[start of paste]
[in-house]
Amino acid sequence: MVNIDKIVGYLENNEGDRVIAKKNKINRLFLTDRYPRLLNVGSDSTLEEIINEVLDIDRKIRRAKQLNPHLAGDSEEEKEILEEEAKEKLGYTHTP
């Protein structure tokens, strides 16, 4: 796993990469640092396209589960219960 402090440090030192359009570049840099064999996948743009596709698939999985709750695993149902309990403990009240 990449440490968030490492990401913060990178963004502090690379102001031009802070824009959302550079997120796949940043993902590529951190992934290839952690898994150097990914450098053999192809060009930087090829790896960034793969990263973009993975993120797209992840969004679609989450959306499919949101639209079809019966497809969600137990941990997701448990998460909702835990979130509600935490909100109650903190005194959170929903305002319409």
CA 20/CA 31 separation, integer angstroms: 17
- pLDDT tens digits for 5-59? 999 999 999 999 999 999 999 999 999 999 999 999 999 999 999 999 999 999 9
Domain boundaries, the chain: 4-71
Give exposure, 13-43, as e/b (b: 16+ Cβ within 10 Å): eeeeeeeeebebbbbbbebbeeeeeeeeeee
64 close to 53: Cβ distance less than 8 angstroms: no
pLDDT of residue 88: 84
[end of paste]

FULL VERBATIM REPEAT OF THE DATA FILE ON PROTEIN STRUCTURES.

[in-house]
Amino acid sequence: MVNIDKIVGYLENNEGDRVIAKKNKINRLFLTDRYPRLLNVGSDSTLEEIINEVLDIDRKIRRAKQLNPHLAGDSEEEKEILEEEAKEKLGYTHTP
């Protein structure tokens, strides 16, 4: 796993990469640092396209589960219960 402090440090030192359009570049840099064999996948743009596709698939999985709750695993149902309990403990009240 990449440490968030490492990401913060990178963004502090690379102001031009802070824009959302550079997120796949940043993902590529951190992934290839952690898994150097990914450098053999192809060009930087090829790896960034793969990263973009993975993120797209992840969004679609989450959306499919949101639209079809019966497809969600137990941990997701448990998460909702835990979130509600935490909100109650903190005194959170929903305002319409």
CA 20/CA 31 separation, integer angstroms: 17
- pLDDT tens digits for 5-59? 999 999 999 999 999 999 999 999 999 999 999 999 999 999 999 999 999 999 9
Domain boundaries, the chain: 4-71
Give exposure, 13-43, as e/b (b: 16+ Cβ within 10 Å): eeeeeeeeebebbbbbbebbeeeeeeeeeee
64 close to 53: Cβ distance less than 8 angstroms: no
pLDDT of residue 88: 84